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Sixteenth-century parsonage

08 February 2013

Our parsonage house dates to the 1560s, but the diocese now wishes to sell it, and replace it with a modern house that is easier to maintain. Is there any way to raise funds and bring the house up to modern standards? It is close to the church tower; so I am sure it will be difficult to sell, and thus may be attractive only to us.

THIS letter highlights the struggle for working resources over valuable assets. The value of your parsonage house to local people is undoubted - and not predominantly for its financial value. It is close to being as foundational to your history as the church itself.

Of the two points of view ex-pressed in your email, that of the diocese is undoubtedly about stewardship. Old houses, often dreaded by clergy whose stipends are inadequate for heating draughty old houses, are often of disproportionately high value. The British do love their historic houses. And old vicarages often have large gardens. Dioceses are constantly being challenged to make better sense of their finances and put people at the top of the list; so houses are often sold.

Over the past couple of decades, the legal requirement that the Church Commissioners should build up an appropriate pension-pot has resulted in dioceses' having to find clergy salaries and contribute to their pensions. In the past, that was all covered by the Church Commissioners' funds.

So all sorts of creative approaches are considered, but parishes now have to contribute all or some of their clergy salaries, and contribute to the administrative cost of the diocese. Numbers of clergy have fallen drastically, as those who retire are not replaced in the overall numbers. It is not only a question of suitable candidates: the Church could not find money for many more.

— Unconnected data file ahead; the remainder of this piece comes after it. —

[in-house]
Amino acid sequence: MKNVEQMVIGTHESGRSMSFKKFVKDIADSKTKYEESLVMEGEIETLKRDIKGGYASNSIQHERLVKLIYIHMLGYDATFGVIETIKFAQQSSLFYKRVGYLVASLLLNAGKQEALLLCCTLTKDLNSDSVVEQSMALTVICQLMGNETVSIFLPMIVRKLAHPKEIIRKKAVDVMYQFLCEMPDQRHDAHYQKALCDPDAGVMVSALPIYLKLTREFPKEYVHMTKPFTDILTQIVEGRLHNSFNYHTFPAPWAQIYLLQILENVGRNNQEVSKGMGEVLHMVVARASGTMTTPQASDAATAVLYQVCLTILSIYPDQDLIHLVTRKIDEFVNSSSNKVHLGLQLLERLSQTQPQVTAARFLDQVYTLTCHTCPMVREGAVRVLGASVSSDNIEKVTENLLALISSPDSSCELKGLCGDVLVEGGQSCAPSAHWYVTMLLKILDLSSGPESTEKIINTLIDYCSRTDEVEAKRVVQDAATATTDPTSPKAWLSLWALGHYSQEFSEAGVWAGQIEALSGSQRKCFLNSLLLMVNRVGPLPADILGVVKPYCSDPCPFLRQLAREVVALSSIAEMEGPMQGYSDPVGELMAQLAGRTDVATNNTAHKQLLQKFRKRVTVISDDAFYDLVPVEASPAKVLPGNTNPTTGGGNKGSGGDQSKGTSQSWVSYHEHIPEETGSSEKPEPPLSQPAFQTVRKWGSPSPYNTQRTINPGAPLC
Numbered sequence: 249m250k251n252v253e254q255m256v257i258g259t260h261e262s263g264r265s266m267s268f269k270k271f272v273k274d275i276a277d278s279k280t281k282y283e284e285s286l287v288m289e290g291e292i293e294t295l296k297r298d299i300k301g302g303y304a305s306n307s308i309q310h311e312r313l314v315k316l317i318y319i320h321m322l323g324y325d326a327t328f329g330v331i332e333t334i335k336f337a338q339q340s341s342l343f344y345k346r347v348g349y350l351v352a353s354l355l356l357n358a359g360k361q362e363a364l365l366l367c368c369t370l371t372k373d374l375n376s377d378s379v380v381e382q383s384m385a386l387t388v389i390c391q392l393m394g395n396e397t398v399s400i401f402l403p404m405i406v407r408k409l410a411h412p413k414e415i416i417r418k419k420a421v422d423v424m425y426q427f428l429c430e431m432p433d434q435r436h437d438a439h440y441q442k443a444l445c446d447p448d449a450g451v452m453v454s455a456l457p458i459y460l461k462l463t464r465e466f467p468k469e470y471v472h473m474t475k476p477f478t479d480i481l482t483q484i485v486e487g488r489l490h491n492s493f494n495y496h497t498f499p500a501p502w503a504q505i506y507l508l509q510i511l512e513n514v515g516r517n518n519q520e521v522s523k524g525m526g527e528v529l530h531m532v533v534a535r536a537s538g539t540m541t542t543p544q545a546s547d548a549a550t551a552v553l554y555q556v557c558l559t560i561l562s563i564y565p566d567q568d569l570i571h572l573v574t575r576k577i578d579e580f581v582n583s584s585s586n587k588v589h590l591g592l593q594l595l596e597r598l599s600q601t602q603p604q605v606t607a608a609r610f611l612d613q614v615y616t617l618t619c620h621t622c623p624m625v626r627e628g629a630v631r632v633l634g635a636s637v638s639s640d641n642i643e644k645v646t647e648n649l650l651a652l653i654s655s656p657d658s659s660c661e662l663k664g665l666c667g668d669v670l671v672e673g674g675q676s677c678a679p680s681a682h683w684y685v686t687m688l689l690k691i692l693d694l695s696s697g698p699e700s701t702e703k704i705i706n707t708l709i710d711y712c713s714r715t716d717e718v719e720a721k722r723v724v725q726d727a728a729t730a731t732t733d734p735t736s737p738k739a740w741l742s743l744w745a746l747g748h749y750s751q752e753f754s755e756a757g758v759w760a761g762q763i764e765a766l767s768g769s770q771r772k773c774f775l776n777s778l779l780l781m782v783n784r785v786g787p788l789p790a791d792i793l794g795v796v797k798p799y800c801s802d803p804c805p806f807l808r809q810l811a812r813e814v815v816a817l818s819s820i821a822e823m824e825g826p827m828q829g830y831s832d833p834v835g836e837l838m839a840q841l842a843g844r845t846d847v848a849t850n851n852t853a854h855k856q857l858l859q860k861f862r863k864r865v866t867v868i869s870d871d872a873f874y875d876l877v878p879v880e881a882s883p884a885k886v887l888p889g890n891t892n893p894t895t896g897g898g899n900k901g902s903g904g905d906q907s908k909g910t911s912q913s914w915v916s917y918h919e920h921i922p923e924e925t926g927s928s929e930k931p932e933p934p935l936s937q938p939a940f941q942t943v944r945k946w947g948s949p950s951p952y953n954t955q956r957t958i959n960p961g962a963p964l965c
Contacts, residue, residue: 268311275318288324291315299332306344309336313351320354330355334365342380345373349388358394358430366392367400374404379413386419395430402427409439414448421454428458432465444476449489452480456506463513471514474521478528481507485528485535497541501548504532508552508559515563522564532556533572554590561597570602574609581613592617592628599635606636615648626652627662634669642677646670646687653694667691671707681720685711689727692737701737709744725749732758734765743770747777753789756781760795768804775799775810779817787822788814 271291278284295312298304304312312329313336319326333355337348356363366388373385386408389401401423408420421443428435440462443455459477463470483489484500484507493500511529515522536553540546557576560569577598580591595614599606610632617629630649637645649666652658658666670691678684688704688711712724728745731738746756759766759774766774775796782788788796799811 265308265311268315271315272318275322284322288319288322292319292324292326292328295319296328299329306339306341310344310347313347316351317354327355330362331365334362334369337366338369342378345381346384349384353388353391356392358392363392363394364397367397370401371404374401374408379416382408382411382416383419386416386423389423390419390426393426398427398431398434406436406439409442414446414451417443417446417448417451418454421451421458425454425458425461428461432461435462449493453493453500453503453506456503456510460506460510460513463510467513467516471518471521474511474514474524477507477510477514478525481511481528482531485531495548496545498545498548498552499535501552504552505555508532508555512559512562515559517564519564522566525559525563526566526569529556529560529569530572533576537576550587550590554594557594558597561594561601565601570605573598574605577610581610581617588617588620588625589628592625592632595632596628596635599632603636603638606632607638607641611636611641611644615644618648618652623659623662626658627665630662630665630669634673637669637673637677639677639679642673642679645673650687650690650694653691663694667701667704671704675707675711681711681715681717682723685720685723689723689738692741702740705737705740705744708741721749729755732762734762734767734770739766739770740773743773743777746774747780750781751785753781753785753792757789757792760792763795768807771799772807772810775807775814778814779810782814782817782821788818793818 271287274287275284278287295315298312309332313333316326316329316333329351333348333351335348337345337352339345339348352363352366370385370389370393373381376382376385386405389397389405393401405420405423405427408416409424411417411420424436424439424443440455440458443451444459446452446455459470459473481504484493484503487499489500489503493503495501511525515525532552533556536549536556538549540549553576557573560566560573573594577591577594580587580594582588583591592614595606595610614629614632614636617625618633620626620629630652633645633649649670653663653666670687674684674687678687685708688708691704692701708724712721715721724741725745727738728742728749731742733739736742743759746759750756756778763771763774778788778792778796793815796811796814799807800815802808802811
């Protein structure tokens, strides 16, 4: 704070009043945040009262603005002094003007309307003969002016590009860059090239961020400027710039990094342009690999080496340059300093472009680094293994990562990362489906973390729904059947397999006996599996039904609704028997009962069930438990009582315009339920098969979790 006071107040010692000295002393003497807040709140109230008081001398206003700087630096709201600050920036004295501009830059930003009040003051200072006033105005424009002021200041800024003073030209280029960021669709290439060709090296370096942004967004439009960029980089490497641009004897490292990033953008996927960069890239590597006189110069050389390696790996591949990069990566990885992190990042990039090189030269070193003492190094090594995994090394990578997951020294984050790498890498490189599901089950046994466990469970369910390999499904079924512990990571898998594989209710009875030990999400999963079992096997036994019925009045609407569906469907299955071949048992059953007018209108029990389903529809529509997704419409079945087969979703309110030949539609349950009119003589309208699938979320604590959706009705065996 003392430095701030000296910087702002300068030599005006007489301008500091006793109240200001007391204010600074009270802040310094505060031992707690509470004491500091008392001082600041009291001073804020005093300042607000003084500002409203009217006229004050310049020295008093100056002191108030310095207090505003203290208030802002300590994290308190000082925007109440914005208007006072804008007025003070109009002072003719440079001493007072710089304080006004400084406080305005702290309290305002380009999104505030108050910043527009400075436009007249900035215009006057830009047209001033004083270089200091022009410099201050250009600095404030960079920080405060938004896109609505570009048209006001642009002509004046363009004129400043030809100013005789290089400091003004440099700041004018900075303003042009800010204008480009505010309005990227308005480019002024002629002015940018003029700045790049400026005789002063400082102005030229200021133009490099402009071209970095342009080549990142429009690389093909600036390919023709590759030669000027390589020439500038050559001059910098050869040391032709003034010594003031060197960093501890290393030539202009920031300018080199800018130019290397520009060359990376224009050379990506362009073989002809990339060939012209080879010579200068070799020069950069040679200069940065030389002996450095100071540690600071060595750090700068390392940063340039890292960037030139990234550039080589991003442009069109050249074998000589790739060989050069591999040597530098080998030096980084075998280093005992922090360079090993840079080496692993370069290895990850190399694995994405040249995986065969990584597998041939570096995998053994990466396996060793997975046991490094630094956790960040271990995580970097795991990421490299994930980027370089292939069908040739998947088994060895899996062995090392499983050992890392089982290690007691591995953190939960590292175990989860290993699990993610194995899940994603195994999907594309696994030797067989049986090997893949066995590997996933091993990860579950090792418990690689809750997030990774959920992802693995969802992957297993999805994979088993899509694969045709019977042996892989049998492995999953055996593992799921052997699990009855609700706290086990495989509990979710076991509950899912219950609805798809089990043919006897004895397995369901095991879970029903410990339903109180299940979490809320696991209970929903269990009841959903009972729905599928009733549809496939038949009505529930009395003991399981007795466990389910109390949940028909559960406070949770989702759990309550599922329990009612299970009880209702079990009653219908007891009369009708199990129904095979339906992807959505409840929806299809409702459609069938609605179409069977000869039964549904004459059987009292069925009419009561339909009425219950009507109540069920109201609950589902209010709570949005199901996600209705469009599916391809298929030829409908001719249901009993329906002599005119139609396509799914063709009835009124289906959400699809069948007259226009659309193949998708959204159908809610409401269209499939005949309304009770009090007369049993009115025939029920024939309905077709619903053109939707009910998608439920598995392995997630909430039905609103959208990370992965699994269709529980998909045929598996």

It is some time since dioceses took over ownership of all clergy houses, in order to maintain them to a better standard than that managed by parishes. Although there was no consideration at the time that these might become assets ripe for disposal, we have moved in that direction. Most dioceses are selling financially valuable vicarages and replacing them more modestly, as there are few ways to recoup value from these assets by other means. And this is all to meet the challenges of maintaining church life and reaching out in mission. As in the case of your church, we may regret this. We love what has been ours, and what represents the solidity of our locus of faith.

Is there anything you can do? I do not know of a programme or grant stream to defend ancient vicarages. But that does not mean that there isn't one. You might see if the Architectural Heritage Fund has ideas, or might be able to help you set up a "Friends of X Parsonage House" fund in order to buy it from the diocese. You would still be charged with its maintenance, and the diocese might still use the funds to buy another house for your vicar. Would you keep the house for a curate, or something else?

It is a conundrum about which you might gather a group of like-minded people - perhaps including a representative from the diocesan property department - to brainstorm the possibilities and likelihoods. It would be good to hear of a parish's coming up with an innovative idea in the face of the financial pressures we are all living with.

Send your questions and issues to maggiedurran@virginmedia.com.

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